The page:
A person in gloves holds up a q-tip to a vial labeled "COVID-19 Test"

How big data could optimize COVID-19 testing

Microsoft-supported project to coordinate site locations, supply distribution.

A person in gloves holds up a q-tip to a vial labeled "COVID-19 Test"
The new cloud-based system will analyze infection and testing supply chain data to better organize the logistics of testing. Photo: Adobe Stock

The shift in COVID-19 caseloads around the U.S. in recent weeks has scrambled supply and demand in the nation’s testing infrastructure. Even though testing capacity has increased dramatically since spring, the hardest-hit geographical areas are seeing demand outstripping supply, while a few areas are actually reporting excess capacity.

Now, University of Michigan industrial operations and engineering associate professor Siqian Shen, with support from Microsoft’s AI for Health program, is stepping in to help, designing a cloud-based system that will analyze infection and testing supply chain data to better organize the logistics of testing. It will provide policymakers with data that can help them determine how to distribute tests and site mobile testing centers to make testing as efficient and accessible as possible.  

“Without a centralized source of data, it’s very difficult to optimize testing and minimize the spread of COVID.” Shen said. “By pulling in daily updates on infection rates and anonymous demographic data, along with data from the testing supply chain, we’re building a mathematical computer model that will crunch that data and provide visualizations that could help policymakers optimize testing and reduce the spread of the disease.”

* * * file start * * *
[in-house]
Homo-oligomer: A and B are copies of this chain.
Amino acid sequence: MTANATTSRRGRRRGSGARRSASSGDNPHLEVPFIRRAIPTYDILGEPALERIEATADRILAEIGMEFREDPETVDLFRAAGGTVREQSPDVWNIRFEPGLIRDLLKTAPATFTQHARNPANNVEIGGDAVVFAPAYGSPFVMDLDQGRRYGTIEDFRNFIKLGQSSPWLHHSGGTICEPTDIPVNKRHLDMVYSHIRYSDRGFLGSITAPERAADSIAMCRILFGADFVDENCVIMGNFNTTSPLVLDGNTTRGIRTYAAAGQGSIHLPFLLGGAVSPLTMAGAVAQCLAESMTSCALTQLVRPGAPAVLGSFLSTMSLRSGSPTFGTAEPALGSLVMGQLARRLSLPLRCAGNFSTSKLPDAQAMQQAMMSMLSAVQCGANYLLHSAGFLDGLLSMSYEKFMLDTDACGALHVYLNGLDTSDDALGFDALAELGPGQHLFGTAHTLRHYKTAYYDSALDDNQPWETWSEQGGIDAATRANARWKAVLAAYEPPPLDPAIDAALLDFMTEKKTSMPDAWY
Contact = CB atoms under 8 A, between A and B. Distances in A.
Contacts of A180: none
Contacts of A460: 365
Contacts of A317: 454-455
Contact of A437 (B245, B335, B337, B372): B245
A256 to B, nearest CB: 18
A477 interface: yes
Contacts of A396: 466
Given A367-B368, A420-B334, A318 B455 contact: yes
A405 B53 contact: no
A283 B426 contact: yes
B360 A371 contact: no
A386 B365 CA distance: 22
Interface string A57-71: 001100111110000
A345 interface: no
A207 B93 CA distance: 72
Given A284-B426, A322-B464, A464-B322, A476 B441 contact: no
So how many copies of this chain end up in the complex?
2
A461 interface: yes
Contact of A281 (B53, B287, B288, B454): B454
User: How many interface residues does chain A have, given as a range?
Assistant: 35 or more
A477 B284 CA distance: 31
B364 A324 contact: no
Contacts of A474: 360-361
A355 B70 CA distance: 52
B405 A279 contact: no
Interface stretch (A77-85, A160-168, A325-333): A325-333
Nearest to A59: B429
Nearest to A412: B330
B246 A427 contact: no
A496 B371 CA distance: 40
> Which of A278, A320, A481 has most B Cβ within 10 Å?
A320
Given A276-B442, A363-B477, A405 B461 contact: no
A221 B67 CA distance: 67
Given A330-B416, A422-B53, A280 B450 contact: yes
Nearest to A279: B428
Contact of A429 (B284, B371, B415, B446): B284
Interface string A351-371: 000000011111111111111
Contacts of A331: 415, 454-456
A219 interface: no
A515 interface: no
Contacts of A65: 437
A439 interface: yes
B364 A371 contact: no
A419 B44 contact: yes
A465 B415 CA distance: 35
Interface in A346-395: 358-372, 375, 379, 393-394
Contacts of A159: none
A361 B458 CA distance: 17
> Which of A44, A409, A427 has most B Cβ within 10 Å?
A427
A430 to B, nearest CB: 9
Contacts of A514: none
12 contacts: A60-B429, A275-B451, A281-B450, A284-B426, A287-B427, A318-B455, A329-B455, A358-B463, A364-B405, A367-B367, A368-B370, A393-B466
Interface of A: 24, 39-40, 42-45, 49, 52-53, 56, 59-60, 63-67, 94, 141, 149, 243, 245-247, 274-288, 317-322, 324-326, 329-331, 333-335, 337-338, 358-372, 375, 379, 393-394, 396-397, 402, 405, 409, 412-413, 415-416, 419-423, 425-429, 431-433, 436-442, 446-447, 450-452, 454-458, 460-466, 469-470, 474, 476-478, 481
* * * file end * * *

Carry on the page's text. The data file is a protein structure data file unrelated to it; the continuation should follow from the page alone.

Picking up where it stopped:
Shen said the model will be freely available to U.S. decisionmakers like federal, state and local governments as well as school districts that are weighing their options for reopening. The research team will build the model during the rest of the summer and aims to have it ready for use in the fall. The nuts and bolts of the model will be freely available, enabling other countries to adapt it for their needs. 

“I think this system is likely to be most useful for the U.S., since we’re facing a lack of coordination of testing and disease management. But any country will be able to use the model to manage their testing systems. It may be useful for managing testing and control of other infectious diseases as well,” she said.

Later in 2020, the research team plans to expand the model’s capabilities further with an online appointment scheduling system that enables those seeking tests to easily find their nearest testing center, see the caseload at that particular center on any given day and evaluate accessibility options at different centers. Shen envisions that part of the system coming online in late 2020 or early 2021.

“Different people have different testing needs,” Shen said. “Some may need a facility that’s accessible to the disables, others may be in a high-risk group and want to visit during a time that’s less busy, and still others may be low-income and have limited transportation options. This system can help people meet those needs and also reduce crowding and increase efficiency at testing centers.”

Microsoft’s AI for Health program is supporting the project by providing free access to its Azure computing platform. The team will use freely available public data from the Michigan Institute for Clinical & Health Research (MICHR), as well as US census data and Google Maps data on the locations of testing facilities and testing equipment manufacturing facilities.